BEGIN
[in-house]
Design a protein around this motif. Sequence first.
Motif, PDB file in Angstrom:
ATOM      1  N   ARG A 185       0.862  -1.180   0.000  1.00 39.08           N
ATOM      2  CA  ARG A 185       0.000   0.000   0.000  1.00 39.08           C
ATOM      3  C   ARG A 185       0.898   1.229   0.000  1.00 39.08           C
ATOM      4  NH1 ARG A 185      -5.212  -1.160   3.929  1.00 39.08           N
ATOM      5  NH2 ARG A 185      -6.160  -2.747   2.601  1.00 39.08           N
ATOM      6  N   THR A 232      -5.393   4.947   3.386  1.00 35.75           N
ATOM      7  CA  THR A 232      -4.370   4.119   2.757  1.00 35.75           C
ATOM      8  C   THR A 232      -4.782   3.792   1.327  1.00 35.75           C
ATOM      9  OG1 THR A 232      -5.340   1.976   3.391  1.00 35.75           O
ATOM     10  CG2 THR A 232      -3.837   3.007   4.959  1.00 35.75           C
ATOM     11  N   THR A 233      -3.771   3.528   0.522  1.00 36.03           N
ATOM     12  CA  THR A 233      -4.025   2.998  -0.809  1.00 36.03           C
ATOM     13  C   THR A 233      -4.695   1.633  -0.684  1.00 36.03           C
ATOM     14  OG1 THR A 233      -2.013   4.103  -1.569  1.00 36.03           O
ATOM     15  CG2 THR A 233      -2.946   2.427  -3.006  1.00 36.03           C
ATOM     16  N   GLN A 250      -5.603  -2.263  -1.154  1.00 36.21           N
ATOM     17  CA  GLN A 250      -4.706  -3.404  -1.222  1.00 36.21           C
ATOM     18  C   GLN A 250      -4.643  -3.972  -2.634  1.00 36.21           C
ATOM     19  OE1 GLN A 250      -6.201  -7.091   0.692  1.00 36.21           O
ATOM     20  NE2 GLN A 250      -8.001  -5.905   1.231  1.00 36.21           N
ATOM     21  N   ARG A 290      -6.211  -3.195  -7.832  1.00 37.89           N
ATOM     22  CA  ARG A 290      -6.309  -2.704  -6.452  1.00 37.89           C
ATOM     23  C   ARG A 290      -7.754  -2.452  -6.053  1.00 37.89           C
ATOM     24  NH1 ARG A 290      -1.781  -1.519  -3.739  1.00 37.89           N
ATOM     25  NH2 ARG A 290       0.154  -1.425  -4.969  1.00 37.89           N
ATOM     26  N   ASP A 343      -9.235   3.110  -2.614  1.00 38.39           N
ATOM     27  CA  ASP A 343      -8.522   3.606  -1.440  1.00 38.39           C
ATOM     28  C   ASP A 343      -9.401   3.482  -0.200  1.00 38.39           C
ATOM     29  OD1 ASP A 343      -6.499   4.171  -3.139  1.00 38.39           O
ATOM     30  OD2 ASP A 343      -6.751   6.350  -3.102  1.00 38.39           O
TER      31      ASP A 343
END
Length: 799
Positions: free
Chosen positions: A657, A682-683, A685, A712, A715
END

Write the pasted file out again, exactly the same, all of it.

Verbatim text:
[in-house]
Design a protein around this motif. Sequence first.
Motif, PDB file in Angstrom:
ATOM      1  N   ARG A 185       0.862  -1.180   0.000  1.00 39.08           N
ATOM      2  CA  ARG A 185       0.000   0.000   0.000  1.00 39.08           C
ATOM      3  C   ARG A 185       0.898   1.229   0.000  1.00 39.08           C
ATOM      4  NH1 ARG A 185      -5.212  -1.160   3.929  1.00 39.08           N
ATOM      5  NH2 ARG A 185      -6.160  -2.747   2.601  1.00 39.08           N
ATOM      6  N   THR A 232      -5.393   4.947   3.386  1.00 35.75           N
ATOM      7  CA  THR A 232      -4.370   4.119   2.757  1.00 35.75           C
ATOM      8  C   THR A 232      -4.782   3.792   1.327  1.00 35.75           C
ATOM      9  OG1 THR A 232      -5.340   1.976   3.391  1.00 35.75           O
ATOM     10  CG2 THR A 232      -3.837   3.007   4.959  1.00 35.75           C
ATOM     11  N   THR A 233      -3.771   3.528   0.522  1.00 36.03           N
ATOM     12  CA  THR A 233      -4.025   2.998  -0.809  1.00 36.03           C
ATOM     13  C   THR A 233      -4.695   1.633  -0.684  1.00 36.03           C
ATOM     14  OG1 THR A 233      -2.013   4.103  -1.569  1.00 36.03           O
ATOM     15  CG2 THR A 233      -2.946   2.427  -3.006  1.00 36.03           C
ATOM     16  N   GLN A 250      -5.603  -2.263  -1.154  1.00 36.21           N
ATOM     17  CA  GLN A 250      -4.706  -3.404  -1.222  1.00 36.21           C
ATOM     18  C   GLN A 250      -4.643  -3.972  -2.634  1.00 36.21           C
ATOM     19  OE1 GLN A 250      -6.201  -7.091   0.692  1.00 36.21           O
ATOM     20  NE2 GLN A 250      -8.001  -5.905   1.231  1.00 36.21           N
ATOM     21  N   ARG A 290      -6.211  -3.195  -7.832  1.00 37.89           N
ATOM     22  CA  ARG A 290      -6.309  -2.704  -6.452  1.00 37.89           C
ATOM     23  C   ARG A 290      -7.754  -2.452  -6.053  1.00 37.89           C
ATOM     24  NH1 ARG A 290      -1.781  -1.519  -3.739  1.00 37.89           N
ATOM     25  NH2 ARG A 290       0.154  -1.425  -4.969  1.00 37.89           N
ATOM     26  N   ASP A 343      -9.235   3.110  -2.614  1.00 38.39           N
ATOM     27  CA  ASP A 343      -8.522   3.606  -1.440  1.00 38.39           C
ATOM     28  C   ASP A 343      -9.401   3.482  -0.200  1.00 38.39           C
ATOM     29  OD1 ASP A 343      -6.499   4.171  -3.139  1.00 38.39           O
ATOM     30  OD2 ASP A 343      -6.751   6.350  -3.102  1.00 38.39           O
TER      31      ASP A 343
END
Length: 799
Positions: free
Chosen positions: A657, A682-683, A685, A712, A715